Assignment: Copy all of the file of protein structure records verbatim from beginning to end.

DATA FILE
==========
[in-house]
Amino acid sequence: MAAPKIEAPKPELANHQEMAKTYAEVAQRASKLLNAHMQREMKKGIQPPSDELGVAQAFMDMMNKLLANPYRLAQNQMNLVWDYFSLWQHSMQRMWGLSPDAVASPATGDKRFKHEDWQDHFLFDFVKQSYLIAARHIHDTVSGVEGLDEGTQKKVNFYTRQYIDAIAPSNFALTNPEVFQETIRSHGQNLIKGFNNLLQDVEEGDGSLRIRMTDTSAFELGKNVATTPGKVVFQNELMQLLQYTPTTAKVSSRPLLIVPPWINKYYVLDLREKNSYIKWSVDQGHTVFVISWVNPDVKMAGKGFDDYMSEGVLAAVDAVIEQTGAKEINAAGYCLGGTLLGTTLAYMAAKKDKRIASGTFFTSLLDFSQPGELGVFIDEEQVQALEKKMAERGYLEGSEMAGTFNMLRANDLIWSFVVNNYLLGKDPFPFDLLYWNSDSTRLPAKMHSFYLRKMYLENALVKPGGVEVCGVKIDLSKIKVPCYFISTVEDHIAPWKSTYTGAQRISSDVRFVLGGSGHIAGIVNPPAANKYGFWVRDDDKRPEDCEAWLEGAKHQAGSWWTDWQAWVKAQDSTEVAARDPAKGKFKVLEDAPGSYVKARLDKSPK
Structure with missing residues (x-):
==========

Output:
[in-house]
Amino acid sequence: MAAPKIEAPKPELANHQEMAKTYAEVAQRASKLLNAHMQREMKKGIQPPSDELGVAQAFMDMMNKLLANPYRLAQNQMNLVWDYFSLWQHSMQRMWGLSPDAVASPATGDKRFKHEDWQDHFLFDFVKQSYLIAARHIHDTVSGVEGLDEGTQKKVNFYTRQYIDAIAPSNFALTNPEVFQETIRSHGQNLIKGFNNLLQDVEEGDGSLRIRMTDTSAFELGKNVATTPGKVVFQNELMQLLQYTPTTAKVSSRPLLIVPPWINKYYVLDLREKNSYIKWSVDQGHTVFVISWVNPDVKMAGKGFDDYMSEGVLAAVDAVIEQTGAKEINAAGYCLGGTLLGTTLAYMAAKKDKRIASGTFFTSLLDFSQPGELGVFIDEEQVQALEKKMAERGYLEGSEMAGTFNMLRANDLIWSFVVNNYLLGKDPFPFDLLYWNSDSTRLPAKMHSFYLRKMYLENALVKPGGVEVCGVKIDLSKIKVPCYFISTVEDHIAPWKSTYTGAQRISSDVRFVLGGSGHIAGIVNPPAANKYGFWVRDDDKRPEDCEAWLEGAKHQAGSWWTDWQAWVKAQDSTEVAARDPAKGKFKVLEDAPGSYVKARLDKSPK
Structure with missing residues (x-):